Ironman Lake Tahoe 2015: Race Report



The 2015 Ironman Lake Tahoe was a goal race for me - really dating back to 2013.  When I did Leadman in 2013 - the original plan was to do Ironman Lake Tahoe.  That didn't pan out. In 2014, I planned to do it but after getting hurt at Vineman, I pulled out.  So getting the chance to do the race in 2015 was a real treat for me - regardless of me not being at my best.

Before I get into the race report, I feel the need to mention that Ironman/WTC has cancelled this race for the future.  I'm not sure of the politics or reasons behind it (there was a staggering number of people doing the race this year - far more than I initially though - so I'd imagine it wouldn't be a numbers thing), but the decision came out the day after the race ended - which indicated it was made some time in advance.  I'm pretty bummed about this, because it was a great race and one I would do again next year if given the opportunity (which was a sentiment shared by several people whom I've spoken to about the race).

Anyway, on to the race itself.



THE LEAD IN
2015, in general, has been a pretty tough year for me athletics wise.  There's a lot of factors - some things that I could control and some things that I couldn't - but the bottom line is that I haven't gotten the training in that I should have in order to perform at a race of this caliber.  Because of that, I had lower expectations than what I initially had - but you play the cards that are dealt to you and hope for the best.
Particularly, my lack of training showed up in the swim.  After Ironman 70.3 California earlier in the year (where I had a horrid swim), I hit the pool hard and put in a lot of work.  My intention, at that time, was to be the guy who always smelled like chlorine who you knew was going to swim well because he put in the hours at the pool.  Unfortunately, that lasted all of 5 weeks or so.
There's a few reasons this fell apart.  We had a situation with my family which resulted in a surgery for my wife - and that made training nearly impossible while I was at home.  This, in turn, bred a bit of "training laziness" on my part and I got into a rut where I would come home and sit around instead of doing work.  Now, that's not to say I didn't train at all.  I would still put in an hour to an hour and a a half a day during my lunch break, and I still would occasionally hop on the trainer for an hour or two and maybe go for a run after work.  Weekends, I normally averaged a workout (1 to 3 hours or so) once a weekend.  However - pool time was scarce, open water time was even scarcer, and I put in only 3 or 4 truly long bike rides in the time leading up to Ironman Lake Tahoe.  All of that put together, isn't going to cut it when you're looking to have a fast Ironman race.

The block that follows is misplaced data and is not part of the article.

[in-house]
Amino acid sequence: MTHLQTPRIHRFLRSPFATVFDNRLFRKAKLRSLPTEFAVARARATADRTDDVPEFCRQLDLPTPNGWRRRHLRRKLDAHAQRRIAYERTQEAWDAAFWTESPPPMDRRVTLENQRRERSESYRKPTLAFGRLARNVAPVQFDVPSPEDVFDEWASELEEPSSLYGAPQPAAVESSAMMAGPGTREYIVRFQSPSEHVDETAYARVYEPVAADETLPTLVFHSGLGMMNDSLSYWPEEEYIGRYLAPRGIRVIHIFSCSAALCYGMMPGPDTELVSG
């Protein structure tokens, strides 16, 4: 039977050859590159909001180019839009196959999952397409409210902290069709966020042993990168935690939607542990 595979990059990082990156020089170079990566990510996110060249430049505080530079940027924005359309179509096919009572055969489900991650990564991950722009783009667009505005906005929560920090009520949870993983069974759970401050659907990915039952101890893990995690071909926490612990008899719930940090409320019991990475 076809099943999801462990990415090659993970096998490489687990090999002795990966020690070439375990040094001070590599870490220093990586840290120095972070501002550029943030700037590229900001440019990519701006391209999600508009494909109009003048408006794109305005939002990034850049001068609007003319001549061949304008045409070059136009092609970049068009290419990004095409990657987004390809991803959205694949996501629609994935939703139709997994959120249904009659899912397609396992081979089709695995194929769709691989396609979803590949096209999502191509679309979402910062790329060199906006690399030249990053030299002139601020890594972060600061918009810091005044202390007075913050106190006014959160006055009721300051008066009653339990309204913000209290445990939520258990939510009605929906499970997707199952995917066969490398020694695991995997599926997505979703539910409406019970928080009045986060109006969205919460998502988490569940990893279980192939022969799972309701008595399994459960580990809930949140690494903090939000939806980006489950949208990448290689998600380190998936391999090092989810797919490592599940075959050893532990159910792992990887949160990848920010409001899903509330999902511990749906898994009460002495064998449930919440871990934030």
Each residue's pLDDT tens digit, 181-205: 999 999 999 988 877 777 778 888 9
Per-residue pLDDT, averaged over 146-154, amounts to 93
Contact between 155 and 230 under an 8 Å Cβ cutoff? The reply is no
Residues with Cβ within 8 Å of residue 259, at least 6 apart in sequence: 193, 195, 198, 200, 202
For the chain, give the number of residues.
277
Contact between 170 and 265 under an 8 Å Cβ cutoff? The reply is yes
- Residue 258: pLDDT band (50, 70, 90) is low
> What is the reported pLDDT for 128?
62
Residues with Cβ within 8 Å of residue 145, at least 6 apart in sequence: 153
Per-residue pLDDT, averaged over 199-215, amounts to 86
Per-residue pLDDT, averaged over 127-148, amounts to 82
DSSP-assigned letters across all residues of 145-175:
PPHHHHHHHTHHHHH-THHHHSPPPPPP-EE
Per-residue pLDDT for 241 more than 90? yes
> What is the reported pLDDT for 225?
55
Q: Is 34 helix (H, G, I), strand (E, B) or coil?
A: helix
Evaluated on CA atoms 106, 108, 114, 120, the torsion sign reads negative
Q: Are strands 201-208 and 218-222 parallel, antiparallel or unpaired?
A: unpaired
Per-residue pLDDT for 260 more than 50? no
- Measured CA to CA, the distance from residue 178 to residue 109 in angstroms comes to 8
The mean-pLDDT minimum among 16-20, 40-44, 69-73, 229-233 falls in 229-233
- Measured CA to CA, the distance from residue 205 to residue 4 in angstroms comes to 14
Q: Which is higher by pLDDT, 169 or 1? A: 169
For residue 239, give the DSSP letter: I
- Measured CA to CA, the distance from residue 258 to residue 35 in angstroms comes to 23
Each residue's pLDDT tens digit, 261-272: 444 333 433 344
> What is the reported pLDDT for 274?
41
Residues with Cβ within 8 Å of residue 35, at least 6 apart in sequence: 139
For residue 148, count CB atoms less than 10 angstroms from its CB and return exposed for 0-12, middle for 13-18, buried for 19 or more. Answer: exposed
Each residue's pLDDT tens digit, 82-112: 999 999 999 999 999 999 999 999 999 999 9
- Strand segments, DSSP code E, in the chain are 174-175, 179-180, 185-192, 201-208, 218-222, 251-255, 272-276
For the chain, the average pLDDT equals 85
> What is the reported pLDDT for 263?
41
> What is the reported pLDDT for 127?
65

Basically, none of it was ideal in terms of my training and I took shortcuts (and sometimes altogether just dropped workouts) from my plan.  I can lean on whatever excuse is out there and tell myself that the only reason that happened was because of this or that - but the real truth of the matter is that I just got lazy.  I had every opportunity to keep my training going - even if it met doing it in a not so ideal way (for example, I could help care for my wife during her recovery and get a workout in after her and my son were asleep - yet I didn't do this a single time).  I just didn't put in the required effort to keep things consistent.  When I did train, I trained hard - the consistency just wasn't there.  And when the consistency isn't there - you can't expect results.
All of that said - the race still came and I was there for it.

I wasn't the only one there for it.  Some of my mates from Team BSR were also on hand, and they all killed it out there!


PRIOR TO THE RACE AND PACKET STUFF
Making the long drive to Tahoe.  Well, it was a ride for me.  I got to chill in the backseat the whole way there.
We arrived the Friday before the race in the evening, and that was by design.  I've read a ton about altitude sickness (to the point where I was somewhat freaking out about it) and wanted to make sure it didn't have an effect on me.  Basically, the general consensus is that you either arrive two weeks beforehand to acclimate to it or you arrive a day or two before and hope for the best.  I chose the latter since arriving two weeks ahead of time just wasn't in the cards for us.
The view during our lunch/dinner when we arrived to Tahoe.  Simply beautiful.

We stayed at a pretty sweet cabin about a ten minute walk from the swim start, which, in my mind, was the perfect location for this event.
Dropping everything off was relatively painless - although we caught some incredibly traffic coming back down from Squaw Valley (which is there T2 was).  I did run into an issue where my T2 bag disappeared (which meant my shoes disappeared with it).  After a brief panic - I was able to secure another (somewhat similar) pair of kicks and got everything checked in and was good to go.
Big shout out to the guys at Newton for their support of the Big Sexy Racing team and for helping me in a pinch at IMLT.
Packet pick-up was a pretty easy process, and the swag (as always with Ironman events) was pretty sweet.  The Tahoe backpack this year was especially good - and a big upgrade from some of the previous 2015 Ironman race backpacks I've seen.
The pretty sweet Ironman Lake Tahoe backpack.  Complete with Beet Performer - love the stuff.
The drive down to King's Beach to drop off my bike in T1 was a bit of a bear (no pun intended), but I eventually made it and got everything racked up and ready for the next day's race.
All nice and racked up and ready to roll.  For the record, I retaped my gels in the morning the next day.
Once everything was racked up and all the transition bags were dropped off - it was off to get a good meal in my stomach and get some rest for the next day.